Lacrosse Players Advocate For Varsity At Mount Greylock
School Principal Tim Payne said he will lead a committee to explore bringing the teams to the school.
Dozens of youth lacrosse players showed their support for Jeff Stripp's proposal to bring the sport to the high school.
WILLIAMSTOWN, Mass. — Dozens of youth lacrosse players crowded the Mount Greylock Regional High School meeting room Tuesday to advocate for a varsity program.
The school currently lends its name to a lacrosse club in the Berkshire County Lacrosse Association's league and coach Jeff Stripp led the group request for the school committee to appropriate about $19,000 to start junior varsity and varsity men's and women's teams. He was supported by a room full of coaches and youth lacrosse players spanning from third grade on.
"We've been patient and we've done our homework," Stripp, who is also the president of the Williamstown Lacrosse Association, said. "They want to go to Western Mass. They want to give it a go against teams outside of Berkshire county."
Operating the teams would cost a total of about $26,000, with $7,500 of that being covered by user fees and booster clubs, Stripp said, and will help the school in a number of ways.
The program will help recruit school choice and new residents, it will connect more students with the school, generate more school pride and can lead to college opportunities that otherwise would not be available for some students, he said.
"Sports programs are important to some people," Stripp said. "Sanctioned lacrosse has the opportunity to attract new residents and school choice."
The surrounding youth leagues have had steady interest and the sport is growing nationally, Strip said. Recently Pittsfield schools voted to fund high school teams; the more teams that join the lower transportation costs will be, Strip said. The current high school clubs hover around 50 players per season and each team requires only about 20 players.
"It's about the kids that I've coached and the parents I've met," Stripp said. "It really is a low cost per player."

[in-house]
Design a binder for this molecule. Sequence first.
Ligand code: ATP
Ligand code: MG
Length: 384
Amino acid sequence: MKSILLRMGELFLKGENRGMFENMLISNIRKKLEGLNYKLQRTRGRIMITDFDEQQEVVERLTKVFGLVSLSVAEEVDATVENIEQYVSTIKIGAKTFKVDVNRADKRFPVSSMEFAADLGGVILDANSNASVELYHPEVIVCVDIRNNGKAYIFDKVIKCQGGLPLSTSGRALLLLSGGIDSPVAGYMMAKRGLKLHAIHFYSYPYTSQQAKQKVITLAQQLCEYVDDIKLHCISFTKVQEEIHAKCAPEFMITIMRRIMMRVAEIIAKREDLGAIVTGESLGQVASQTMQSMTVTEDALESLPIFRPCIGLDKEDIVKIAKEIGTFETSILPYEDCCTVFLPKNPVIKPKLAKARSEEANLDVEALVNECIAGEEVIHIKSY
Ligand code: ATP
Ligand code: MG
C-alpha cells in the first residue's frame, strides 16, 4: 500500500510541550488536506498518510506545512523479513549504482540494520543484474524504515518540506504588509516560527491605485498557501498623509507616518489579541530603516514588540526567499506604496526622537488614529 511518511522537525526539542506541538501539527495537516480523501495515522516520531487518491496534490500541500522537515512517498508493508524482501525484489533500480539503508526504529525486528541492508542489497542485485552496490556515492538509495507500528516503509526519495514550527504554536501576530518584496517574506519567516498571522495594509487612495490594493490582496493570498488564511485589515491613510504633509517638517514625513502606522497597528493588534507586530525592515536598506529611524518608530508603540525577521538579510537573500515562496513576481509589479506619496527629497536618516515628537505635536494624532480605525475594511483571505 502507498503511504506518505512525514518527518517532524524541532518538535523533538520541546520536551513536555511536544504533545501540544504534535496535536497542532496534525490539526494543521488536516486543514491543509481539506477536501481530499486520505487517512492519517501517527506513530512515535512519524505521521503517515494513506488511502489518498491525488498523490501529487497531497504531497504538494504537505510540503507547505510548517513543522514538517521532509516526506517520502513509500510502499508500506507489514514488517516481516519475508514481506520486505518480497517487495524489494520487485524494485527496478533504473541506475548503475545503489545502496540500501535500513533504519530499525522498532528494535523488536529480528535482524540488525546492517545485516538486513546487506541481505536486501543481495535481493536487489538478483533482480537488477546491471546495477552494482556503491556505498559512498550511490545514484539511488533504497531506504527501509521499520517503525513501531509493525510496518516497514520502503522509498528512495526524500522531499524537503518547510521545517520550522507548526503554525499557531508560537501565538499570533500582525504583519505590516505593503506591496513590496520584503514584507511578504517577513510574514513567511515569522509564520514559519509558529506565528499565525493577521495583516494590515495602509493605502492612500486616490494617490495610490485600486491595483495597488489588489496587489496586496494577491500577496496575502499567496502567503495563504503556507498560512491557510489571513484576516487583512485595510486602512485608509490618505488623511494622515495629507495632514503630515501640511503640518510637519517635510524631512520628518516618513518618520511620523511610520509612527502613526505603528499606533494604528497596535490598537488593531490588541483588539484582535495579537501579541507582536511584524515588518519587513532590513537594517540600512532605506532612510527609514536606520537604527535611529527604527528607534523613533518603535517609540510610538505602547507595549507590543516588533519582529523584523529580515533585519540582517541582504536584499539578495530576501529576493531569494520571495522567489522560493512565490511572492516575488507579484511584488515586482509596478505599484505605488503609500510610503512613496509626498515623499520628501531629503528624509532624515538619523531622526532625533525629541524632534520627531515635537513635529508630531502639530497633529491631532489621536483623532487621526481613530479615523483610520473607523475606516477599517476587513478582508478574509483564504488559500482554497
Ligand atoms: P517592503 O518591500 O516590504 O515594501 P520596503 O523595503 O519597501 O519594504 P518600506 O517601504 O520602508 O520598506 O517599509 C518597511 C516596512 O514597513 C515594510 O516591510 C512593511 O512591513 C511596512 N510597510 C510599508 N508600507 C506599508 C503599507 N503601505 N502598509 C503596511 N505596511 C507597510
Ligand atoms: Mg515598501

The program can really change students for the better by giving them a sense of pride and connecting them with the rest of the community, he said. Student Kim Houston said she has seen first-hand her peers change attitudes after joining the teams.
The success of the teams will not just hinge on that club, though. Williams College coach George McCormack said the college will help the high school team by providing clinics and fields.
While the School Committee expressed a desire to start the team, budget restraints will prevent the formation. The committee appointed school Principal Tim Payne to head a committee to further explore the proposal for next year.
"In a good year it would not be a big deal but it is going to be those costs that will be a determining factor," Robert Ericson, committee chairman, said.
Committee member Heather Williams said that she likes the proposal but did not like that the athletes have to purchase their own equipment. Stripp said that lacrosse equipment is very personalized and students would purchase their own anyway. Some equipment would be gifted from the club to the school if the transition is made.
"Students should not have to pay for school activities," Williams said. "This is really the worst possible time to come and ask us for money."
Committee member David Langston added that the school would have to budget for the entire $26,000 just in case the booster clubs and user fees come in short of Stripp's estimates.